He said many developers had been supportive of State Government plans to build light rail along the north-eastern corridor to Mirrabooka, and had bought nearby land to turn into high-density residential and mixed-use buildings.
But the decision to delay light rail, made by the Government at the end of last year, meant this same land would be under- utilised.
‘Developers are frustrated by a lack of certainty,’ he said.
‘There were already developers who had acquired some land and properties along that route in anticipation, now their plans have been thrown into a bit of chaos.
‘They will still develop the land but it will be a lot less; they were going up to as much as eightstorey high class apartments, now we will end up with town houses.’
Mr Lenzo said because of this, there would be less activation within the key transport corridors.
He agreed with City of Seattle urban designer Lyle Bicknell, who was in Perth earlier this month, that creating pedestrian- friendly environments as a part of intensifying areas was essential for the future development of Perth.
‘But that is not all that easy for a society that is so car-minded as we are,’ he said.
‘It requires a cultural change, making things more difficult for cars causes more congestion.
‘Unless you have a major change in the strategy we use for public transport, the car is still going to dominate.’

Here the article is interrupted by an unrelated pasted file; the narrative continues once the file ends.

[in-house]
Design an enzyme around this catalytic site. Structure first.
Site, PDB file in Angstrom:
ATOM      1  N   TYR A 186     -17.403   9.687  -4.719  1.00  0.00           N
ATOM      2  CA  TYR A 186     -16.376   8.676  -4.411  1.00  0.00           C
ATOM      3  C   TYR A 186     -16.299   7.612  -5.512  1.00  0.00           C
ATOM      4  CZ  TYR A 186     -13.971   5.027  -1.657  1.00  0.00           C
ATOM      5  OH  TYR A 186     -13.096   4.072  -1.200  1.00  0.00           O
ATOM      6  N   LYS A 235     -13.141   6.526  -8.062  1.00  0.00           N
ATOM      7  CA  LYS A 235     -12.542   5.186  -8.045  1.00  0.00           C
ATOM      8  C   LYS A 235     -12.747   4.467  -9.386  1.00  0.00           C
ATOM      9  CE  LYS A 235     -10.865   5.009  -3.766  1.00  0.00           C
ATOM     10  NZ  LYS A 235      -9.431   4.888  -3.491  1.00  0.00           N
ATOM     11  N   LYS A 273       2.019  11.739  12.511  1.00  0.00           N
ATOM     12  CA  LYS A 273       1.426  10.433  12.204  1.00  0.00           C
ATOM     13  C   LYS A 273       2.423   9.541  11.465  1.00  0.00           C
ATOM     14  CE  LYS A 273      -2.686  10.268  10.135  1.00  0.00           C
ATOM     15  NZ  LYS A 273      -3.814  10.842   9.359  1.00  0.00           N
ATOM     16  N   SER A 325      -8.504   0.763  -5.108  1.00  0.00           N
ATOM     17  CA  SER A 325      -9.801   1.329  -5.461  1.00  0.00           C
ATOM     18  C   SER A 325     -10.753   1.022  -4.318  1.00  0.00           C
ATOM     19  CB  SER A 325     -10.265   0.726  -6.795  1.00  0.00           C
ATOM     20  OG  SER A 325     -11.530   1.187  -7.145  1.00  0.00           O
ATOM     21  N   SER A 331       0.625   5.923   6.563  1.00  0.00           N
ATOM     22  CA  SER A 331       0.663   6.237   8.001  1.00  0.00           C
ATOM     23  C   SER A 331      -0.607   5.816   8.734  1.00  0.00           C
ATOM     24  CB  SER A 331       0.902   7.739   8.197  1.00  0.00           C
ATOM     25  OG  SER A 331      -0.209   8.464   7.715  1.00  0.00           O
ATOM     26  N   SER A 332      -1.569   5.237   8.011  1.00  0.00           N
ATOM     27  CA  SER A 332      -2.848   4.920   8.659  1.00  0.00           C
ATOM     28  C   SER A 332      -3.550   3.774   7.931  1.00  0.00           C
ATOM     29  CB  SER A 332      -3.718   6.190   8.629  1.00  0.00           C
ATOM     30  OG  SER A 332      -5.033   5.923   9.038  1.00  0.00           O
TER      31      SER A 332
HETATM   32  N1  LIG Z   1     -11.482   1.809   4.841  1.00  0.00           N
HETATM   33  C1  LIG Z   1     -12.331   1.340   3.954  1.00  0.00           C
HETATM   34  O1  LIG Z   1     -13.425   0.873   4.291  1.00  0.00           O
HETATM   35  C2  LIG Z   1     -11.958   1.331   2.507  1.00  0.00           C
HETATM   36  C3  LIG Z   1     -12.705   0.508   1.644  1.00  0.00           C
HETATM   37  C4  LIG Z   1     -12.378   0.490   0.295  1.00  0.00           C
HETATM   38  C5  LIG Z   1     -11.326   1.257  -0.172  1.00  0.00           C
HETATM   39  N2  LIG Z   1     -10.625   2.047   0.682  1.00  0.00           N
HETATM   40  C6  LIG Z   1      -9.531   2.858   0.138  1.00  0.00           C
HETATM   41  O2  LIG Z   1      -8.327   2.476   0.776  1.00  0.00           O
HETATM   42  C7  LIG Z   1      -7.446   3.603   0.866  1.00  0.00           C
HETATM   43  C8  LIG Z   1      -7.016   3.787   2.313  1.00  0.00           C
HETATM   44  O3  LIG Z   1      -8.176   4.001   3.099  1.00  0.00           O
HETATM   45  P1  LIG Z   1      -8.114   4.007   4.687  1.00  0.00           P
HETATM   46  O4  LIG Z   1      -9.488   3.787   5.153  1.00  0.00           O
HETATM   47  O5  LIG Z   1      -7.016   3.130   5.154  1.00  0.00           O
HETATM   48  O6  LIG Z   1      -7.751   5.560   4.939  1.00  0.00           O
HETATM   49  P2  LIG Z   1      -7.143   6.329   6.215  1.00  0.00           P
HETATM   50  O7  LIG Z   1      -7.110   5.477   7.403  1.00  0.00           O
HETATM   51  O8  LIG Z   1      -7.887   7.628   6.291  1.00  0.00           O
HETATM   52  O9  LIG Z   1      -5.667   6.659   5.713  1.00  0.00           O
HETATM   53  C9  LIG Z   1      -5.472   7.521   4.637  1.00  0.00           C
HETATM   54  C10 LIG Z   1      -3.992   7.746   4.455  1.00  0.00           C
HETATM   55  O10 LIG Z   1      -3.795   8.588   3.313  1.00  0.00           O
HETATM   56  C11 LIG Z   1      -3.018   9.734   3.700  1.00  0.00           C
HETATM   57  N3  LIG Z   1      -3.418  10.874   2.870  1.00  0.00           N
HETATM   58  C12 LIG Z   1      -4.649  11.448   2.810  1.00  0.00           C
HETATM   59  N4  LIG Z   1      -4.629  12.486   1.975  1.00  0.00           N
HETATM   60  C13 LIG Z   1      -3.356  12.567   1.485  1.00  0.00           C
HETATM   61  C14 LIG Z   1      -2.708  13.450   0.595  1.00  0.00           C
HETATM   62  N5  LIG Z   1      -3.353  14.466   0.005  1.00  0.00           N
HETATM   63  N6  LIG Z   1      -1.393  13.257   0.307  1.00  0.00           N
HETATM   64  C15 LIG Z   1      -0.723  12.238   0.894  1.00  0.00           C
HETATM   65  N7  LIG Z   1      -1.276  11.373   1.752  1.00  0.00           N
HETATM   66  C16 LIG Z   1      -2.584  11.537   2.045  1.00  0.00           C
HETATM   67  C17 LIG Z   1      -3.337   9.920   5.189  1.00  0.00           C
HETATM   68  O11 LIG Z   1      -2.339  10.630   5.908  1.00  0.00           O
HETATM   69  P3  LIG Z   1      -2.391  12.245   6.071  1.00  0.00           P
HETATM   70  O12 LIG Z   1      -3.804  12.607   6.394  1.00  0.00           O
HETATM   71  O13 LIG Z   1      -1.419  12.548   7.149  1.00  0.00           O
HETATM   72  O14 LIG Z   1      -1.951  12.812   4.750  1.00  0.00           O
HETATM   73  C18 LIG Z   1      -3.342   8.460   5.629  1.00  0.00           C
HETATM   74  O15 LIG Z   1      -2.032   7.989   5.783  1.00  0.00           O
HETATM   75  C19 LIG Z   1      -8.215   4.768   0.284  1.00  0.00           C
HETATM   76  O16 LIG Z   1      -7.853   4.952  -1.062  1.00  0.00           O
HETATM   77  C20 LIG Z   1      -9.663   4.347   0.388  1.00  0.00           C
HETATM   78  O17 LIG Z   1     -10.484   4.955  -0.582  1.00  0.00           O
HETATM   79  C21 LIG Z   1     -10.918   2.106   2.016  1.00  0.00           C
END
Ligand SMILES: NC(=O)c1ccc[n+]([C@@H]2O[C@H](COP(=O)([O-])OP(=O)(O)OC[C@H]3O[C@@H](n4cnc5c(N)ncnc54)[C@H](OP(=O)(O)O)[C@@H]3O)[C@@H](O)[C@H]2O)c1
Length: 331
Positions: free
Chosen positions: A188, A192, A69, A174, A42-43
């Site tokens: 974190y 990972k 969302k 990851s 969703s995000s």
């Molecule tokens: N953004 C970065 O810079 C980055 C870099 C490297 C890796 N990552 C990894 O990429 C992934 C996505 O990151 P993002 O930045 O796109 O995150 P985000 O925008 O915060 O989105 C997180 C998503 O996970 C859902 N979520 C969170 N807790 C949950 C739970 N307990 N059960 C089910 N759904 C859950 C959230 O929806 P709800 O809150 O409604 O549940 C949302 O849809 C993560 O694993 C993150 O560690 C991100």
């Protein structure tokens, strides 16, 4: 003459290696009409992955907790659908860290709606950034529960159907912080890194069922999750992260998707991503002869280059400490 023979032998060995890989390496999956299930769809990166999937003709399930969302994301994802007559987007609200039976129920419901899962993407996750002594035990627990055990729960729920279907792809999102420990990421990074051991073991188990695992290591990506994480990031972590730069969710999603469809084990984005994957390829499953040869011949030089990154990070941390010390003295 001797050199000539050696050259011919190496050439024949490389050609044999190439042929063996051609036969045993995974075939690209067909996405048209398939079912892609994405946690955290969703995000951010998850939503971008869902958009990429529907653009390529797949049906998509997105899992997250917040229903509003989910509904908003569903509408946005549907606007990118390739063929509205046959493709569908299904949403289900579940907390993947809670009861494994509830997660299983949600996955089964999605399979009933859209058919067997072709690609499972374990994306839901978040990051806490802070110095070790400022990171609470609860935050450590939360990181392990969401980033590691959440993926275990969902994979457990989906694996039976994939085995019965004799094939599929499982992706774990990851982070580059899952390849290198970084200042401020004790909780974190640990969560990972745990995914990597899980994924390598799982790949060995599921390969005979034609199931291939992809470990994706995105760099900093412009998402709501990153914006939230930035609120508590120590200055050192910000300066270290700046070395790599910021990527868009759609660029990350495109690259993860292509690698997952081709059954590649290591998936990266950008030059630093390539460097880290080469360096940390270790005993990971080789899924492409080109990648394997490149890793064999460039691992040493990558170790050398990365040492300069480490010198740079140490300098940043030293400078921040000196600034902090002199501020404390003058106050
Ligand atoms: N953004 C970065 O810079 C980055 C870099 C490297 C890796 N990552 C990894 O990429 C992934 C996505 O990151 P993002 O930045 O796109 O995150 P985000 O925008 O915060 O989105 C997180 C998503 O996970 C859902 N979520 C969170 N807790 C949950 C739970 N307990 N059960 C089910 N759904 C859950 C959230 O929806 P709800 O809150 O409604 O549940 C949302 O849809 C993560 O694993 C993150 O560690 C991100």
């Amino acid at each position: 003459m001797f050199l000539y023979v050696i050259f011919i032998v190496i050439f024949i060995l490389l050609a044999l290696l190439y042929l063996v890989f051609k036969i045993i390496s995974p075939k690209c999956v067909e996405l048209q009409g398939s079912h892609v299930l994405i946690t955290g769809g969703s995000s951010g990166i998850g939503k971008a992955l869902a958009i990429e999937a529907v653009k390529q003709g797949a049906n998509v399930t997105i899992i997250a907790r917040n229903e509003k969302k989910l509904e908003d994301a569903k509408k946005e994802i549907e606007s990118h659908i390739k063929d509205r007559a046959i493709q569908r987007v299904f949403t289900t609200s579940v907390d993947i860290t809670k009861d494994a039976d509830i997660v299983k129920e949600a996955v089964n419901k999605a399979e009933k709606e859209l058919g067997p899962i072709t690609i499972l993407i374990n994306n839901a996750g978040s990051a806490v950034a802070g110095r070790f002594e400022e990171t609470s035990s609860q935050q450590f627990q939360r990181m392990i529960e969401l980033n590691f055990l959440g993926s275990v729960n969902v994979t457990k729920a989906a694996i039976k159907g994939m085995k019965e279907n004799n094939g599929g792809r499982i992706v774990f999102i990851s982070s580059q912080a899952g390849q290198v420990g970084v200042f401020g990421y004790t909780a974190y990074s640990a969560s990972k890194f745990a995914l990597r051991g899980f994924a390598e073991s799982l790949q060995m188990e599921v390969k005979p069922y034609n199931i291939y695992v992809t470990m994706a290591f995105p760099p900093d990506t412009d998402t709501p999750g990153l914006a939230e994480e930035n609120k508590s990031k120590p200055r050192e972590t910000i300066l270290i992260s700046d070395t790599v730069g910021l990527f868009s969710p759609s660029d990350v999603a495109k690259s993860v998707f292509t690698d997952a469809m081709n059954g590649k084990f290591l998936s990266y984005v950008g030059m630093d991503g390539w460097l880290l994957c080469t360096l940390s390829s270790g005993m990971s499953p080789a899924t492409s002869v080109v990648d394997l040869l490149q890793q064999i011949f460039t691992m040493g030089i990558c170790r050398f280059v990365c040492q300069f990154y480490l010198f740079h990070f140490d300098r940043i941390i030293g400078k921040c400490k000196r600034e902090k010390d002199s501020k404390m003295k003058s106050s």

Mr Lenzo said activating inner city areas was also being stifled by a lack of ‘appetite’ from local governments for density within their areas.
‘Even if a developer wanted to intensify a suburb, in a lot of cases the local government pushes back because the ratepayers do not want apartments in their suburbs,’ he said.
But infill in existing areas was the only way Perth could continue to cope with a growing population, as outlined in the Property Council and The Greens report Transforming Perth.
‘We have identified land available along eight transport corridors and found there is enough developable land to meet the State Government’s target of 47 per cent of new developments in existing suburbs,’ he said.
‘The route from Mirrabooka into the city is a prime example of where a greater density of people could live along a transport corridor.’